A custom got a problem of breakage in service, under very moderate effort, of articles made of POM. Investigation has shown that:
- the fracture surface doesn’t show any flaw (Bubbles, impurities)
- treatment with sulphuric acid causes breaks after some time, and this seems indication of residual tension
- the breakage happens in some markets and not in others
POM is sensitive to chemical attack by both strong and weak acids, also bases. There are many household products that are either acidic or basic. Coupled with manufacturing defects, if the part is used in this type of environment, it would certainly compound the problem. POM because of its very high crystallinity, undergoes a high coefficient of thermal expansion and high mold shrinkage. Once again the high thermal expansion in the presence of frozen-in stresses would certainly contribute towards part failure. The breakage occurred only in some markets and not in others. It would be very educational, if you can investigate in which markets it did not fail – usage conditions etc.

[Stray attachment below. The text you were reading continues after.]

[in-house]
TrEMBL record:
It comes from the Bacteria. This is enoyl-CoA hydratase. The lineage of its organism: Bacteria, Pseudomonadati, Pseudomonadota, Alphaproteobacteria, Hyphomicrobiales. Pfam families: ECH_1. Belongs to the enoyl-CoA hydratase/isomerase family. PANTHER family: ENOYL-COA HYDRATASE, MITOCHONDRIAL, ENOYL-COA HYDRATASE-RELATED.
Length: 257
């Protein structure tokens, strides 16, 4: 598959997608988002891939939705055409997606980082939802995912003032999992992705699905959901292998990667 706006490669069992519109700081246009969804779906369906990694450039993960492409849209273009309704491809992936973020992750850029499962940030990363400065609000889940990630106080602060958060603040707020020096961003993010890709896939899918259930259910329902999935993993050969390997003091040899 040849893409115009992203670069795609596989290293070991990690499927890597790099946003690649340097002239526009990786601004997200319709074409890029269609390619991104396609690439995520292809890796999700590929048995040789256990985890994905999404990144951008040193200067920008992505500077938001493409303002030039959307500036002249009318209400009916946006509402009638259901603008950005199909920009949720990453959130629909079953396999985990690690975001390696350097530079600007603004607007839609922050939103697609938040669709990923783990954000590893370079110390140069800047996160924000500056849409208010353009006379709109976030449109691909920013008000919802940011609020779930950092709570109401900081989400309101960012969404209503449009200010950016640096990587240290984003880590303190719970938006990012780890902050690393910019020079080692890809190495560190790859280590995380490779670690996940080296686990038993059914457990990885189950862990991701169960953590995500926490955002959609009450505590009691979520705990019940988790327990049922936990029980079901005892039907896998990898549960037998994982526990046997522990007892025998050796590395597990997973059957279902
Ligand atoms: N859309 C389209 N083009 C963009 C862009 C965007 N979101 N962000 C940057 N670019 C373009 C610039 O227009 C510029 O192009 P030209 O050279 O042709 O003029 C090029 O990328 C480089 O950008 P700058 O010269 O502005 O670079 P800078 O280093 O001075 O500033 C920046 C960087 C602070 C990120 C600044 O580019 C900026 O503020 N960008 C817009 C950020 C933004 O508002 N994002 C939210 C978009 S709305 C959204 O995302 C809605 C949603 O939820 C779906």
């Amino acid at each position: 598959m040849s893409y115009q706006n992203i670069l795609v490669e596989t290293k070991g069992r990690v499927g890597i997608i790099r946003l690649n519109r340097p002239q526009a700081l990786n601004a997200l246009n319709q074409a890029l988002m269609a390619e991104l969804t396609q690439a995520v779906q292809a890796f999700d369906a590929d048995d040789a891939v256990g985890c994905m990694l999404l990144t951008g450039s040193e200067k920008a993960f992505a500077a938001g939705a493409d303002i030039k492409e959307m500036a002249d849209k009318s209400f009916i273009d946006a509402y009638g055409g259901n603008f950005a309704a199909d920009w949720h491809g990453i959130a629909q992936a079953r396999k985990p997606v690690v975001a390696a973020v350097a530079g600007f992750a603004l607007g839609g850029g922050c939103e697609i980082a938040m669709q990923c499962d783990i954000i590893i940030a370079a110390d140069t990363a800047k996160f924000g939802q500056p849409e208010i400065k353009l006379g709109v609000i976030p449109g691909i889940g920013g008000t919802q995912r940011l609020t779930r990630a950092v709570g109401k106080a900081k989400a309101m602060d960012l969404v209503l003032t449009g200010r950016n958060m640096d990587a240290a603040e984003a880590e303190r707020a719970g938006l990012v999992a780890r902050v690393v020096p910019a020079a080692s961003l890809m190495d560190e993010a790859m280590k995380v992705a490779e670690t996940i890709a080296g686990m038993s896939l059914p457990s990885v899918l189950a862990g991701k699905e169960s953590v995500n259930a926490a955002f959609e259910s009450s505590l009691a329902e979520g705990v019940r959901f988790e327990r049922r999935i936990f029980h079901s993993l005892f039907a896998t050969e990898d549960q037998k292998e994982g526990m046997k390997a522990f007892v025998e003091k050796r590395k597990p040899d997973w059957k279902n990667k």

ACO Mold recommendation is to do some basic root cause analysis before you do anything else. Try and look for patterns in the failures; production lots, material shipments, processing conditions, etc. Isolate and mitigate all variances found. If the problem isn’t on the production side, THEN look at the marketplace side; distribution conditions, inventory practices, failure regions, use cases, chemical exposure, etc. Find yourself a six sigma black-belt to help guide your investigation. Until you understand why, you will never know what to do.
Make sure the mold temperature (steel temperature) is above the glass transition point during injection molding and make sure there are no sharp corners on the parts as actual has somewhat of a low notched izod. Another problem could be shearing of the material during injection. Make sure the injection molding machine has no problems (worn screw, barrel or tip assembly), the nozzle orifice is large enough and the sprue runner and gates are large enough for the correct molding of the part. Also make sure the venting is adequate. Residual stress can be caused by overpacking or underpacking of the parts during the molding cycle. If running regrind make sure the regrind and virgin are properly blended as the two run quite differently.